Making the decision

September 1, 2008

While cosmetic procedures may enhance yourself-image, they won't fundamentally change your life. So if you're thinking that a nose job might increase your chances for a promotion, you may want to reconsider your motivations

While cosmetic procedures may enhance your self-image, they won't fundamentally change your life. So, if you're thinking that a nose job might increase your chances for a promotion, you may want to reconsider your motivations.

Several factors make some individuals better candidates for a procedure than others, including health, expectations, time and money. Of course, matching the problem to the correct procedure will weigh in, but, overall, whether you're thinking fillers or facelift, there are some general guidelines that will increase your chances for a positive outcome.

Fitness first

"There is no such thing as a required cosmetic surgery. A patient is not going to die if they don't have a procedure," Dr. Niamtu tells ITK.

However, he says, you may have a significant risk of complications during and after a procedure if you are severely overweight, smoke or have other serious health conditions.

Therefore, it's important to be upfront with your doctor about any health problems you may have, so together, you can work out the most effective treatment plan.

Grounded expectations

According to Dr. Niamtu, bringing in pictures of celebrity body parts, like Angelina Jolie's lips or J-lo's hind side, won't make a positive impression on your doctor.

You need to be honest with yourself about what you're looking to improve and why. Your doctor should help you to better understand what you can expect from a given procedure. But, Dr. Niamtu advises, "You can't quantify a cosmetic result."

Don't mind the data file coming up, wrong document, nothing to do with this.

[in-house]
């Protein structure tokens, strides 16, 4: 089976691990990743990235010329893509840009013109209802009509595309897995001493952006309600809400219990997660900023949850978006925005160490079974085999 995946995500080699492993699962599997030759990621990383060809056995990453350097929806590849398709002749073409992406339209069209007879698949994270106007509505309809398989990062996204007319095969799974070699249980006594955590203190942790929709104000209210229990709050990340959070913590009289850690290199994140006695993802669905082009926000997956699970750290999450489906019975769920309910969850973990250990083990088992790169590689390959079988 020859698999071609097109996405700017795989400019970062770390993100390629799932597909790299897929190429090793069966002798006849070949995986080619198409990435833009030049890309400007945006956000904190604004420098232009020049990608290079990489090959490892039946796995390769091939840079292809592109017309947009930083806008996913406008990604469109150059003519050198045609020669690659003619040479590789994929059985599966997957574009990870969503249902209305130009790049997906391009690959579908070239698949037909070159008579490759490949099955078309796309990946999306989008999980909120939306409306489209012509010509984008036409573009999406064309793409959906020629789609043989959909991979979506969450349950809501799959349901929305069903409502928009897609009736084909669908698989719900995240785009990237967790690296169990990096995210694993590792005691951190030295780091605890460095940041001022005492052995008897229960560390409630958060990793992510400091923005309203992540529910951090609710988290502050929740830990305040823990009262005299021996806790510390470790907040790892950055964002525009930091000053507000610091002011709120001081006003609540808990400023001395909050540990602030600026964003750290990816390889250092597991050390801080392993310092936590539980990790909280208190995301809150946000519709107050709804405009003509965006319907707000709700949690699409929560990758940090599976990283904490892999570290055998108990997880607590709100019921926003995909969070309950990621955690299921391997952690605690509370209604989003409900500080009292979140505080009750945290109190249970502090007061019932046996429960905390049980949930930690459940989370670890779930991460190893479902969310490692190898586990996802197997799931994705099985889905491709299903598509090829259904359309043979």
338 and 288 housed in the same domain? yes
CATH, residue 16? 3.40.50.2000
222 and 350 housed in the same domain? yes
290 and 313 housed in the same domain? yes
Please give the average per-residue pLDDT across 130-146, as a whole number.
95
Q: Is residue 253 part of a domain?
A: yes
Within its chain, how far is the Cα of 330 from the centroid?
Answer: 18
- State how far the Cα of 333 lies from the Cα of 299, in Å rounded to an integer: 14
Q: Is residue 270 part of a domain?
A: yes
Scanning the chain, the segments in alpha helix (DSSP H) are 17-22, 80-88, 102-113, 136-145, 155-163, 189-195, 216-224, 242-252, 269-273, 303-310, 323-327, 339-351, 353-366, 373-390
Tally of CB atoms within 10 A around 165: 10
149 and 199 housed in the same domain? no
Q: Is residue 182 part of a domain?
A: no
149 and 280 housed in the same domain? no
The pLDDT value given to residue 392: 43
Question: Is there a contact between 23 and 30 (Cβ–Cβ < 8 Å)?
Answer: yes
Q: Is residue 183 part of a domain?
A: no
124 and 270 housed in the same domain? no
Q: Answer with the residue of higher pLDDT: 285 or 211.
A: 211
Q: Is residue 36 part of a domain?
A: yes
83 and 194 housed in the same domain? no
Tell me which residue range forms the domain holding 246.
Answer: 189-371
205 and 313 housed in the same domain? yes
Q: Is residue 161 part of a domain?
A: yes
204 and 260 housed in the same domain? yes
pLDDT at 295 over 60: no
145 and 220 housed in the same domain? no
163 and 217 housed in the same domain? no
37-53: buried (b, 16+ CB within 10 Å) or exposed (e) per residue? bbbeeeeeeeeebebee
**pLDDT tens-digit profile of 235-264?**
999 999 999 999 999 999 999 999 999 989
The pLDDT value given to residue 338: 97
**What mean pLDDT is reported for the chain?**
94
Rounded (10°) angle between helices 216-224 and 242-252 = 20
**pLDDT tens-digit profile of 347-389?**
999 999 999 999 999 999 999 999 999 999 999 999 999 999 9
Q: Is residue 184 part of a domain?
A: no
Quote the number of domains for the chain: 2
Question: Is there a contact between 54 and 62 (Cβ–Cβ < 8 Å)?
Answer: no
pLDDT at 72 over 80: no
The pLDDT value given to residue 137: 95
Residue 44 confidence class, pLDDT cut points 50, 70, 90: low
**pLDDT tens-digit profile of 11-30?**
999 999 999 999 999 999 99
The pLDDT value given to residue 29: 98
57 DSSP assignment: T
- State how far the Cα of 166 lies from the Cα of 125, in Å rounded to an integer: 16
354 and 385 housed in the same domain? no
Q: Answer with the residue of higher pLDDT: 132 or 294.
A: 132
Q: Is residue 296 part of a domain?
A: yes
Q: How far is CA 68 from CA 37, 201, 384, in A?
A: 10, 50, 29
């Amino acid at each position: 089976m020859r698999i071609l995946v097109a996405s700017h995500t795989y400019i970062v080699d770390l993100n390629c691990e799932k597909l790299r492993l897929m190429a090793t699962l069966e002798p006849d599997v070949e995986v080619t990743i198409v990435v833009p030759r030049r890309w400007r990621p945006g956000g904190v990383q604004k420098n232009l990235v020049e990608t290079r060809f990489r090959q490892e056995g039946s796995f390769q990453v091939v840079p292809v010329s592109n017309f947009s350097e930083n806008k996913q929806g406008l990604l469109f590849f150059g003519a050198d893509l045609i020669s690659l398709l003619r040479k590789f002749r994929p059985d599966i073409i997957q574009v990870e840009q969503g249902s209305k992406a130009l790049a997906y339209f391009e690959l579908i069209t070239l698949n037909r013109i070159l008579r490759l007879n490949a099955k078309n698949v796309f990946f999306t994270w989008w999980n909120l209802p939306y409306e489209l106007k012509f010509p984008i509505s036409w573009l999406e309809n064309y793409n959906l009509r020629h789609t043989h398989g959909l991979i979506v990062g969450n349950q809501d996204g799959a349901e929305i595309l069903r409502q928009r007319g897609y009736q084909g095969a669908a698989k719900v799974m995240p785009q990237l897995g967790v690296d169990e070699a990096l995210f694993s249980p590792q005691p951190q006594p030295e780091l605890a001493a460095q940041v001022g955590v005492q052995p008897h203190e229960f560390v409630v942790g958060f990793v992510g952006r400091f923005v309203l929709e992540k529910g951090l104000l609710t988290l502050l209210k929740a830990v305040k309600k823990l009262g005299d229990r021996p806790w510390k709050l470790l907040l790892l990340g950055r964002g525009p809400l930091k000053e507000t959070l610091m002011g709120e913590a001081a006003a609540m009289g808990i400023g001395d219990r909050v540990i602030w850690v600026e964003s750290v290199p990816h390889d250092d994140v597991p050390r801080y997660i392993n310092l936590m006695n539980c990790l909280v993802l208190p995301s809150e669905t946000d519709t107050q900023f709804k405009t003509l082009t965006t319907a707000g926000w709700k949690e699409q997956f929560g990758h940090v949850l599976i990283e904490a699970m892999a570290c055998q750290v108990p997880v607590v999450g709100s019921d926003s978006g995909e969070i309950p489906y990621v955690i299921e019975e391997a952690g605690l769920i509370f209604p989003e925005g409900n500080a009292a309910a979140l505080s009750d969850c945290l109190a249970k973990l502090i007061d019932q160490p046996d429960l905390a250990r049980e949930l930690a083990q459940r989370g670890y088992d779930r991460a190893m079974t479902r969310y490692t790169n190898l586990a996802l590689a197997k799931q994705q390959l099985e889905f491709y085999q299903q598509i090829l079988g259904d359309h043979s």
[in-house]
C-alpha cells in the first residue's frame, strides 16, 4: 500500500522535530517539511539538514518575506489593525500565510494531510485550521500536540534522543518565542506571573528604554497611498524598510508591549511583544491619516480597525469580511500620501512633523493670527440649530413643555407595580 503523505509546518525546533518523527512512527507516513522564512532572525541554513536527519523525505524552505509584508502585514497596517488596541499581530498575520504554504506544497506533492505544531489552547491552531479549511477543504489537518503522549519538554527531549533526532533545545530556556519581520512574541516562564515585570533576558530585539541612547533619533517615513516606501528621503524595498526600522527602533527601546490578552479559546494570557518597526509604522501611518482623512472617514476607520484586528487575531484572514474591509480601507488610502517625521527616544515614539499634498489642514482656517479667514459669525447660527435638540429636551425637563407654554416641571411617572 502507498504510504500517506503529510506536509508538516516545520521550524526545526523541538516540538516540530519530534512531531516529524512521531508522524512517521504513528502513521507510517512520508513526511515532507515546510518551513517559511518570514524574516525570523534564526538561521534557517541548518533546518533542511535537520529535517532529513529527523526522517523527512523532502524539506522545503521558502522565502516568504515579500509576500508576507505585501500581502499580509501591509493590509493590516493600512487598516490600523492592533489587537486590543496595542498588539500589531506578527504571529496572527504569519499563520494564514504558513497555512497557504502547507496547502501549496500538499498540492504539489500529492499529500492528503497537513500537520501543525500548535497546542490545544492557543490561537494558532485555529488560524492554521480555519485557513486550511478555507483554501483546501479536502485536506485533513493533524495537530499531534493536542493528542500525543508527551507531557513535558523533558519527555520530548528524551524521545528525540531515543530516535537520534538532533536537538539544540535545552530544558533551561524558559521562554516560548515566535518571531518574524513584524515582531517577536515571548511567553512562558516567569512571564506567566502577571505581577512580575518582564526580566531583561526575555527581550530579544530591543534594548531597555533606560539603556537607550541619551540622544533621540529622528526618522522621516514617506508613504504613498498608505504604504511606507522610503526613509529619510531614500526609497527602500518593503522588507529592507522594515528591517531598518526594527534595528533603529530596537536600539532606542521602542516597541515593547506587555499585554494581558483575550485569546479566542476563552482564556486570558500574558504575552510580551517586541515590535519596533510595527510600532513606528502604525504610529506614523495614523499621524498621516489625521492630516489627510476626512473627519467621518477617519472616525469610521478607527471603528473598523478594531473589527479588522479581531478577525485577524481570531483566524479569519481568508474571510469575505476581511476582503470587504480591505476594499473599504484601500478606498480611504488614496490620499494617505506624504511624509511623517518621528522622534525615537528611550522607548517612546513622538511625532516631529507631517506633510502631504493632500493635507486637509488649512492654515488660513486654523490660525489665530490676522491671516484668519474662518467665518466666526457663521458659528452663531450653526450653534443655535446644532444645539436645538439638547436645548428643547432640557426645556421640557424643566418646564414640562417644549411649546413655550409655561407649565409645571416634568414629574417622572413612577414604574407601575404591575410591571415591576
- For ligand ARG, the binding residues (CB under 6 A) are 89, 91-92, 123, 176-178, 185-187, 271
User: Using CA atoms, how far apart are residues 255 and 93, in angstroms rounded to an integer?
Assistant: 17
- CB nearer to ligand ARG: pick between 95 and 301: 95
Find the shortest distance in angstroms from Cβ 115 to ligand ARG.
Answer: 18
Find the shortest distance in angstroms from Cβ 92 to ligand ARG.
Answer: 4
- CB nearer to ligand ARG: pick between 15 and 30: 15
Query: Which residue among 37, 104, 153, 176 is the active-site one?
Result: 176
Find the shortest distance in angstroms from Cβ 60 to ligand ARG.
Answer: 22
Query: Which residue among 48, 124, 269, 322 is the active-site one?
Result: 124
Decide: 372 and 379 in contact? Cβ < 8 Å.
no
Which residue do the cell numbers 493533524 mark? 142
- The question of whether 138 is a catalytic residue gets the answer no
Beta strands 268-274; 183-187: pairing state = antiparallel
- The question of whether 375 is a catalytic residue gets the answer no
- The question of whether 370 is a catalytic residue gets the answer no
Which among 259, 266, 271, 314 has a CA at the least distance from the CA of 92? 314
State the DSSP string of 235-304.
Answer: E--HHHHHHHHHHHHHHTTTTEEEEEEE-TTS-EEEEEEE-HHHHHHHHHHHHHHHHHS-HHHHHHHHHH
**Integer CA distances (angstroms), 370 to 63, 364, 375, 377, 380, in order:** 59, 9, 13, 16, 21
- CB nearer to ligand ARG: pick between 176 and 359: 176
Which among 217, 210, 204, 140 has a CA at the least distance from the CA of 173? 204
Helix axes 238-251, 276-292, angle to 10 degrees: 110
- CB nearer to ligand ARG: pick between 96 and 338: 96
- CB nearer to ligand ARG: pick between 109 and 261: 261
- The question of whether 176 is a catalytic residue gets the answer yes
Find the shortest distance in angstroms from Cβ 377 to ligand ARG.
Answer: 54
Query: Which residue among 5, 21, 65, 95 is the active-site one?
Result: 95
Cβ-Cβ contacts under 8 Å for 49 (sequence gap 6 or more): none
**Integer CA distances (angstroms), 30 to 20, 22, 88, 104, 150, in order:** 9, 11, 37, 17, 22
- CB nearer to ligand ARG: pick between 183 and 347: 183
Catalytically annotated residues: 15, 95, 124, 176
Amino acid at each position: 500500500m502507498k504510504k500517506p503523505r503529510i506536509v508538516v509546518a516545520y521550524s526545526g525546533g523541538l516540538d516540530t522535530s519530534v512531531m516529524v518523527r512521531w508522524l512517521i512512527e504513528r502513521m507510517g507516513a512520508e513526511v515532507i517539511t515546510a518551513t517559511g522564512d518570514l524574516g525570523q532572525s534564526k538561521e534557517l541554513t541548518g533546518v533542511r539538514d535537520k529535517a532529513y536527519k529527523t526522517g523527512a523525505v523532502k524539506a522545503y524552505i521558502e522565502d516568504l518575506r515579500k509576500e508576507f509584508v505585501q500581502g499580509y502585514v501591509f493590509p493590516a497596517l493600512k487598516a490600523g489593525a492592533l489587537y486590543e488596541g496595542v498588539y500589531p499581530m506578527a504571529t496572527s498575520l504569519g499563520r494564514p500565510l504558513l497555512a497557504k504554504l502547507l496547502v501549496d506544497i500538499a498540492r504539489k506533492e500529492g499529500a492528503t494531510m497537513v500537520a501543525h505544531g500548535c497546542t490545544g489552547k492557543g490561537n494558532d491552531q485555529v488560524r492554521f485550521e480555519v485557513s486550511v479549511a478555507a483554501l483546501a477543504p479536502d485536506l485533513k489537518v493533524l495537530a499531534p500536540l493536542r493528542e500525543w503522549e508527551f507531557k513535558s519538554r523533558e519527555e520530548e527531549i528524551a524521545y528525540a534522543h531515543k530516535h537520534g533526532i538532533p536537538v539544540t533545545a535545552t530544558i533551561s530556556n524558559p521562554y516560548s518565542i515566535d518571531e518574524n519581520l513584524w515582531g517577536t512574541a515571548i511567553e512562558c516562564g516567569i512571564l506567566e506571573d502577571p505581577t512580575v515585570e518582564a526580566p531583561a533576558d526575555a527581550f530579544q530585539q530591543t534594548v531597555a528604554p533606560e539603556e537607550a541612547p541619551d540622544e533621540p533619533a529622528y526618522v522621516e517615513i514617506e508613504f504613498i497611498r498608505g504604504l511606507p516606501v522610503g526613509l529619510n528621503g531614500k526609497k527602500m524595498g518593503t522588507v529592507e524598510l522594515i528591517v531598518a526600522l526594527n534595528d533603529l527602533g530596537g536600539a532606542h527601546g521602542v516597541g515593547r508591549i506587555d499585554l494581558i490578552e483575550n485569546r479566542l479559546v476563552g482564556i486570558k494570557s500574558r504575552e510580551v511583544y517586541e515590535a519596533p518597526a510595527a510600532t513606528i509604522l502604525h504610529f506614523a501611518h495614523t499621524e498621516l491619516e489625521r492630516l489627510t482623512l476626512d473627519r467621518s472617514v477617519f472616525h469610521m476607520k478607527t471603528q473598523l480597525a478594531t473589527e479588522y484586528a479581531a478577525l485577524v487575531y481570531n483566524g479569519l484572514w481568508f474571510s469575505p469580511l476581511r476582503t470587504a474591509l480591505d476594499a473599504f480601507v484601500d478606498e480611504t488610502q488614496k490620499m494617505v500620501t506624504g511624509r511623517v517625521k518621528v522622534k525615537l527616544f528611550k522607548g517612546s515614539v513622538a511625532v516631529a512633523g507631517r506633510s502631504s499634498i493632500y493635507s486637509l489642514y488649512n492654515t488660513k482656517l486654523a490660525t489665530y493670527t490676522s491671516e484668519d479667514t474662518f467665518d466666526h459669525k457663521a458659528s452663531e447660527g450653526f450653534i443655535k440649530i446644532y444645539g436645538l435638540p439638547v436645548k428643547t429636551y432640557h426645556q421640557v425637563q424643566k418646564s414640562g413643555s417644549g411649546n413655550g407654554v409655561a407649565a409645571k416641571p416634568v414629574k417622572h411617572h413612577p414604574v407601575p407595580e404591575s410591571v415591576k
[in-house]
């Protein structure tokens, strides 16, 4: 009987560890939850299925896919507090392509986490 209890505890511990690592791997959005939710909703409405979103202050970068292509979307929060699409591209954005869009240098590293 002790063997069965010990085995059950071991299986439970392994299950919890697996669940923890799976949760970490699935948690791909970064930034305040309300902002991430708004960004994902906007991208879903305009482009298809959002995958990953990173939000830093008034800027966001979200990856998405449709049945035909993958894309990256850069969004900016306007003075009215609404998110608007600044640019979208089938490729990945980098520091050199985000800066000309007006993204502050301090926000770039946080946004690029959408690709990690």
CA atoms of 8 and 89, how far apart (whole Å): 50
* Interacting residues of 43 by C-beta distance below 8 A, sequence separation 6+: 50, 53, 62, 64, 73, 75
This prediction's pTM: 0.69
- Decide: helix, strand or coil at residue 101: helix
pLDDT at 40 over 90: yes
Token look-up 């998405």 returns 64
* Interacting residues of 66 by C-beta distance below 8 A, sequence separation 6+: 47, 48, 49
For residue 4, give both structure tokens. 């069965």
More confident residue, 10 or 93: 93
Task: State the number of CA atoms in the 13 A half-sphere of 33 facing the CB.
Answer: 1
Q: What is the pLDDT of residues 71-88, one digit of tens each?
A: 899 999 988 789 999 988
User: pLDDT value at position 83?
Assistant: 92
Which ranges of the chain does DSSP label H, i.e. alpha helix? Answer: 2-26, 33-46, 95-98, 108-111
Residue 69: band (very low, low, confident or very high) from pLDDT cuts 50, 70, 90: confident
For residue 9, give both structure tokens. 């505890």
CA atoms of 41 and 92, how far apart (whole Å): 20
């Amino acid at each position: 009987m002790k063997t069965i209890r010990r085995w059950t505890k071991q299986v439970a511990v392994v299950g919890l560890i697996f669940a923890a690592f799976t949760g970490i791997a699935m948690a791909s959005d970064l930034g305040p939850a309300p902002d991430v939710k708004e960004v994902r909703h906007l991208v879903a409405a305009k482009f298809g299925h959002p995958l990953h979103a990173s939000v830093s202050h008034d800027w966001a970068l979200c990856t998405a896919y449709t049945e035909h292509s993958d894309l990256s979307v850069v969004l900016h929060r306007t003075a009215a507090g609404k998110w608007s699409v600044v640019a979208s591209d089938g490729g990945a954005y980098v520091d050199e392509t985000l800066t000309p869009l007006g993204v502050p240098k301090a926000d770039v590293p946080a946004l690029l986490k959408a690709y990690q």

An ideal patient is one who says "they just want to look the best they can for their age - that's realistic," he says.

Time flex required

You can't expect to immediately be back at work and fully functioning the day after a procedure, so you've got to factor downtime into the equation - and the amount of time needed for recovery depends on the procedure.

"The media hypes noninvasive procedures to the point that people have unrealistic expectations," Dr. Niamtu warns, so be wary of promises of new procedures and treatments that sound too good to be true.

Show me the money

And just how much is it all going to cost?

Because cosmetic surgery can be expensive, Dr. Niamtu says you should make sure "you have the financial means to go through with a procedure without causing undue stress."

Cosmetic procedures are generally considered "unnecessary," so you have time to get your finances in order - whether you are able to pay cash or need to explore financing options. You may be able to look at smaller procedures over a period of time, instead of one larger procedure, Dr. Niamtu points out.

When patients with limited financial resources come to Dr. Niamtu seeking large or multiple procedures, he asks, "What bothers you the most?" Once clarified, you can work from there with your doctor to determine the most effective procedure for the amount of money you are able to spend.

Plan B

If you don't meet these guidelines, however, all is not lost. Your doctor may suggest some lifestyle changes to improve how you look and feel.

And, in some cases, smaller procedures may be a consideration if your health is an issue.

According to Dr. Niamtu, "You look at plan B. If a patient has time and money, and they need a comprehensive facelift, but they've had a heart attack, maybe I'll suggest a mini lift or a filler."

Alternatively, if recovery time is your biggest obstacle, Dr. Niamtu again suggests considering a less-invasive procedure, such as a mini lift, a light laser, cheek implants or fillers.

"There's usually something for everyone," Dr. Niamtu says.

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